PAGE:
A control system for an AC elevator according to this invention includes a pair of upward drive reversed polarity thyristors and a pair of downward drive reversed polarity thyristors connected in at least two corresponding phases of a three-phase induction motor which drives the elevator cage upwardly and downwardly. During the deceleration of the motor, part of both the upward drive and the downward drive thyristors are controllably fired to apply DC damping to the motor.
During upward driving, the firing angles of two pairs of drive thyristors are controlled to provide power-running torque to move the cage upwardly. During downward driving, the firing angles of the two other pairs of thyristors are controlled to move the cage downwardly. During upward deceleration and damping, part of the thyristors used when the upward movement is started and part of the thyristors used in the downward driving are used to DC-damp the motor. During downward deceleration and damping, the thyristors not used in the above operations are used to DC-damp the motor.
A control system for an AC elevator according to this invention includes a firing circuit which controls the firing of the individual thyristors for driving the cage upwardly and downwardly in order to lift and lower the cage, and which fully or partially fires the thyristors such that they constitute a single-phase hybrid bridge rectifier circuit for the motor during upward or downward deceleration. During deceleration driving, the rectifier circuit forms a DC damping circuit which controls the firing of part of the thyristors in accordance with the direction of deceleration, and which fully fires part of the other thyristors to effectively change them to flywheeling diodes. A more even balance or conduction load distribution between the various thyristor currents is thus obtained.BRIEF DESCRIPTION OF THE DRAWINGS
FIG. 1 is a schematic/block diagram showing a control system for an AC elevator according to one embodiment of this invention;
FIGS. 2a and 2b illustrate the operation of the system of FIG. 1;
FIG. 3 is a sequence diagram explaining the operation of the respective thyristors in FIG. 1;
FIG. 3a is a diagram showing the driving characteristic of an elevator;
FIG. 4 illustrates the firing circuit of FIG. 1 in greater detail;
FIG. 5 illustrates the phase control by the firing circuit;
FIG. 6 illustrates the operation of the thyristors subjected to phase control;
FIG. 7 is a schematic/block diagram of a conventional control system for an AC elevator;
FIGS. 8a and 8b illustrates the operation of the system of FIG. 7;
FIG. 8c shows various current waveforms for the induction motor of the FIG. 7 system during deceleration; and
FIG. 9 is a sequence diagram explaining the operation of the respective thyristors of FIG. 7.DETAILED DESCRIPTION OF THE PREFERRED EMBODIMENT
In FIG. 1 reference numerals 1-5 and 15-18 denote the same parts as in the conventional device. Reference numerals 20a, 21a, 24a and 25a denote a group of thyristors which constitute the upward drive reversed polarity pairs, reference numerals 22b, 23b, 26b and 27b denote a group of thyristors which constitute the downward drive reversed polarity pairs, and reference numerals 28c and 29c denote a pair of reversed polarity thyristors used for switching between three-phase and single-phase operation.
In operation, when the cage 1 is to be accelerated upwardly by the three-phase induction motor 5, the firing circuit 18 controls the firing angles of the upward drive thyristors 20a 21a, 24a, 25a and the three-phase/single-phase switching thyristors 28c, 29c to operate the motor in a three-phase mode to start the cage. When the cage is to be accelerated downwardly the firing circuit 18 also controls the firing of the three-phase/single-phase thyristors 28c, 29c to implement three-phase operation of the motor, and selects the downward drive thyristors 22b, 23b, 26b, 27b instead of the upward drive thyristors and controls their firing angles to switch the direction of phase rotation of the motor.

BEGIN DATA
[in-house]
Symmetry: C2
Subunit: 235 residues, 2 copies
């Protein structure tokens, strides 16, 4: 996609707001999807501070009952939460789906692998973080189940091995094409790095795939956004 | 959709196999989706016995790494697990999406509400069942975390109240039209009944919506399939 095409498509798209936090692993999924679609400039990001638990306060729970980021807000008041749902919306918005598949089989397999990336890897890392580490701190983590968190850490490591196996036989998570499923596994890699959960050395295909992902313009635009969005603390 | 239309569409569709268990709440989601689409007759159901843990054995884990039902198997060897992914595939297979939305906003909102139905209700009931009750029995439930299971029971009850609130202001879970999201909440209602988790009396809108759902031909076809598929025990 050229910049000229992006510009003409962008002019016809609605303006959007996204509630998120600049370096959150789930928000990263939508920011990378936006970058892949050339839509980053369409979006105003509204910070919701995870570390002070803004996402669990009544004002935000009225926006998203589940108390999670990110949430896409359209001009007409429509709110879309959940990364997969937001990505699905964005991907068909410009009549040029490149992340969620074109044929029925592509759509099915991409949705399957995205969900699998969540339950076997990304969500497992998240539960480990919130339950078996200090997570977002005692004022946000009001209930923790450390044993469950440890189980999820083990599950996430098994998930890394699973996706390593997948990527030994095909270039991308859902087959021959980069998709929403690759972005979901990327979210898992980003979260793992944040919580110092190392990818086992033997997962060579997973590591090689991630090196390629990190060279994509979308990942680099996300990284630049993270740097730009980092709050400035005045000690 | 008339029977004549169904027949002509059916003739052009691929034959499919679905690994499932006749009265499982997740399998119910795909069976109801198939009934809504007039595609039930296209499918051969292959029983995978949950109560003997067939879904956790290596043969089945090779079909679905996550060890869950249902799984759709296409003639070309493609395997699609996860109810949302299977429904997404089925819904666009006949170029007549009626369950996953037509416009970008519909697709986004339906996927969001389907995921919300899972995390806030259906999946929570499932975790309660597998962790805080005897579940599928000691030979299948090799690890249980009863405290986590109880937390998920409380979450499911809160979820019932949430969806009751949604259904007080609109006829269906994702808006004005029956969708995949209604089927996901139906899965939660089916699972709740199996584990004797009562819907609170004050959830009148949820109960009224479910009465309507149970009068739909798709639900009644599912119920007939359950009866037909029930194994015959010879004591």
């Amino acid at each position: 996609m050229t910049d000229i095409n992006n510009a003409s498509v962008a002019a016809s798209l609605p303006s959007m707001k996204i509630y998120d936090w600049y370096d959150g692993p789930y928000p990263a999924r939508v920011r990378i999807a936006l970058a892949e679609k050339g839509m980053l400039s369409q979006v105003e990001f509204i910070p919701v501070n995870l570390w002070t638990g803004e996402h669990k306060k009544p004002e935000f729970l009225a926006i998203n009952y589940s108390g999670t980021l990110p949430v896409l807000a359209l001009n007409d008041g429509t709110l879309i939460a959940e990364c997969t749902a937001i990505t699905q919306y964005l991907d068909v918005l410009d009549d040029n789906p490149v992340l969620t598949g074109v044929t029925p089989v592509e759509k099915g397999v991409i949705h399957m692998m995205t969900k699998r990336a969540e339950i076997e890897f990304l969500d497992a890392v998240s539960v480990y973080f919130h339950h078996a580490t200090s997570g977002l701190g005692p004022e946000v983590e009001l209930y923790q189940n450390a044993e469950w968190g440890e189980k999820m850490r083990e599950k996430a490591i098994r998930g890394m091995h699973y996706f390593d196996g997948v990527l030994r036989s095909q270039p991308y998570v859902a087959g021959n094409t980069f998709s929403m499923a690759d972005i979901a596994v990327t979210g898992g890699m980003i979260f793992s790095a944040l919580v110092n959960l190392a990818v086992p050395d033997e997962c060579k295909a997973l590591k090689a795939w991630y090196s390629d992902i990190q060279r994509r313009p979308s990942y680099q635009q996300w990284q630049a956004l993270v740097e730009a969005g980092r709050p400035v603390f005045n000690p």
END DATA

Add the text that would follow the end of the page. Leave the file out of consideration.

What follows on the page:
When the cage 1 is decelerated upwardly, the firing angles of the upward and downward drive thyristors 20a, 23b, 25a, 26b are controlled to form the circuit shown in FIG. 2a, to thereby control the direct current flowing through the motor 5 to implement DC damping to decelerate the cage.
When the cage is decelerated downwardly, the firing angles of the upward and downward drive thyristors 21a, 22b, 24a and 27b are similarly controlled to form the circuit shown in FIG. 2b, to thereby control the direct current flowing through the motor in a manner or direction opposite to that when the cage is decelerated upwardly, in order to implement DC damping to decelerate the cage.
FIG. 3a shows speed command signals. Curve V.sub.po denotes a speed signal used for moving the cage at a rated speed determined by the number of poles of the motor and the frequency of the power source. Curve V.sub.p1 denotes a speed command signal used for moving the cage at a speed less than the rated speed when the distance from the start floor to a stop floor is short.
When a speed command signal such as V.sub.po accelerates the motor up to its rated speed, it is excited by the three-phase AC until it arrives at a deceleration starting point. Even when the motor produces a damping force as in a no-load upward drive and a full-load downward drive, the thyristors are fully fired to allow the mechanical energy to return to the power source. After point A, the thyristors which are controlled by the positive and negative error signal V.sub.e between the speed command signal V.sub.p and the sensed speed signal V.sub.t are selected to perform a power running or a DC damping operation on the motor.